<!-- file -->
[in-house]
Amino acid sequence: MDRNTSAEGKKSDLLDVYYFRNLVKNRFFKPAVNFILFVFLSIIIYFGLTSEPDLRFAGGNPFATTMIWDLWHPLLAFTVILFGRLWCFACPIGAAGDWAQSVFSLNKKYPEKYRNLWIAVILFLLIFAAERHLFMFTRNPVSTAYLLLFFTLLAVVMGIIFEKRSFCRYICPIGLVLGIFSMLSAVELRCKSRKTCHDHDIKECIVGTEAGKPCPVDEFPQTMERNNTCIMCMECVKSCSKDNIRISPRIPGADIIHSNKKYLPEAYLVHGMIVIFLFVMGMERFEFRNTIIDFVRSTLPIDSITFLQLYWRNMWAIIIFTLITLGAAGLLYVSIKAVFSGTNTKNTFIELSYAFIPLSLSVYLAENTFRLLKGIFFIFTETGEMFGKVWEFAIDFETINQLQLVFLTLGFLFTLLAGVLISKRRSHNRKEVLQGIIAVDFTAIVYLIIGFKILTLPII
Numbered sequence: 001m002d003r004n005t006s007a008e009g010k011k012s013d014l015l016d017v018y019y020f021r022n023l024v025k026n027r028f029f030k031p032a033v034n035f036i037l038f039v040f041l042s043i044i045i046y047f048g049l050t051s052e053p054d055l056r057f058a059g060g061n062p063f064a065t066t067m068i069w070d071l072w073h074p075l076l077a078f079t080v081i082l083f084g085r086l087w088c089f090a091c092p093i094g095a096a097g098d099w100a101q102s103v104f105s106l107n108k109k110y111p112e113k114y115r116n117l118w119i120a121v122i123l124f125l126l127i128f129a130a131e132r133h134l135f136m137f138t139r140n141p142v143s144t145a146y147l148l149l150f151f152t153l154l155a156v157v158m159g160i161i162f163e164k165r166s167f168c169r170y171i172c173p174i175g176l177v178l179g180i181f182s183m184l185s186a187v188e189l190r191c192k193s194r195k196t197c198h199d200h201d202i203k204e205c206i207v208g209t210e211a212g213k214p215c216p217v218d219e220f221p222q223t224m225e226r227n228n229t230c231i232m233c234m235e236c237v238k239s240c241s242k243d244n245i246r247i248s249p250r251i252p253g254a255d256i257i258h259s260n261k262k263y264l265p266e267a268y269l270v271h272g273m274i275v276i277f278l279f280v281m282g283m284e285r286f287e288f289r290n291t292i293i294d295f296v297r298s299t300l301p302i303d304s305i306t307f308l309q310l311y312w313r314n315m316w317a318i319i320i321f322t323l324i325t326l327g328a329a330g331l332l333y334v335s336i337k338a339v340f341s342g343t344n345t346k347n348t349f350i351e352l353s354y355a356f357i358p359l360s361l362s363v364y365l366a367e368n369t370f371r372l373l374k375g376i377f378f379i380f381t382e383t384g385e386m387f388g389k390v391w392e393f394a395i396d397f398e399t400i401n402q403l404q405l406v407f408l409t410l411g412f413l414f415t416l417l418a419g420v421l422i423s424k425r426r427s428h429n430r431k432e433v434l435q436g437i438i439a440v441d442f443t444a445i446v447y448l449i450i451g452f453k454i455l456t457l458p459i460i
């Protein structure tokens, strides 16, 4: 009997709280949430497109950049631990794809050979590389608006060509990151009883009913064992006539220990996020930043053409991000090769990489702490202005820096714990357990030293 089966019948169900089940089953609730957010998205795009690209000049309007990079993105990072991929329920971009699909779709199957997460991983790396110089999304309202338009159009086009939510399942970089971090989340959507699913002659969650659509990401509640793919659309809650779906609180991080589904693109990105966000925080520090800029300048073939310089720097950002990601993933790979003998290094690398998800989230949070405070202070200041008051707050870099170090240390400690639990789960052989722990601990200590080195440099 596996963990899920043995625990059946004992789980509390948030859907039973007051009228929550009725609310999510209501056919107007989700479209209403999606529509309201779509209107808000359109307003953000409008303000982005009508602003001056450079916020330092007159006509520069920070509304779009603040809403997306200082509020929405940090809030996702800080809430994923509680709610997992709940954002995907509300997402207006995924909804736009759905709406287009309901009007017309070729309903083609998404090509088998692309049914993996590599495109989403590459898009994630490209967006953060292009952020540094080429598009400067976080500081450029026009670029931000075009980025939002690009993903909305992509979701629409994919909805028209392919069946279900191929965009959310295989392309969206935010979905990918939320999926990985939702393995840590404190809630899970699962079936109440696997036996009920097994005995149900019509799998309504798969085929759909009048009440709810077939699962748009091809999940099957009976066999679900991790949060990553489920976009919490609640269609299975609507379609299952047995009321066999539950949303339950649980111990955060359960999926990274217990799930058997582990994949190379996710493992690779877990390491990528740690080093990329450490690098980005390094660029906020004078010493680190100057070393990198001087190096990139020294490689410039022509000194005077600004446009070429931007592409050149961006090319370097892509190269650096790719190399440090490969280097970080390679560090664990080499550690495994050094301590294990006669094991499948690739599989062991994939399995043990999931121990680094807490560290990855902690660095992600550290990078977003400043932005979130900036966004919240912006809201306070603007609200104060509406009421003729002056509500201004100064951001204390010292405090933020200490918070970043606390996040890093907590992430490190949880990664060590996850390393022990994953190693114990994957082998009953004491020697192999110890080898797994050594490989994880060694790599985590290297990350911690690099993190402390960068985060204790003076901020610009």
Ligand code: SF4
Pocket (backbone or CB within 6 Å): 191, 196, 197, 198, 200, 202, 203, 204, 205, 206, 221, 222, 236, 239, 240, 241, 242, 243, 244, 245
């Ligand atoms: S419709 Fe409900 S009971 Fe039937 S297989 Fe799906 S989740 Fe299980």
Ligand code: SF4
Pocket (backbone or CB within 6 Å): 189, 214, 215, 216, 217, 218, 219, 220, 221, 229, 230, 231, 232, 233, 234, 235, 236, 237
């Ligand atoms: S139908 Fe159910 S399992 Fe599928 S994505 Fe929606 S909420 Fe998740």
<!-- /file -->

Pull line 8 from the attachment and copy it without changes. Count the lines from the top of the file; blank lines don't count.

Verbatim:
Ligand code: SF4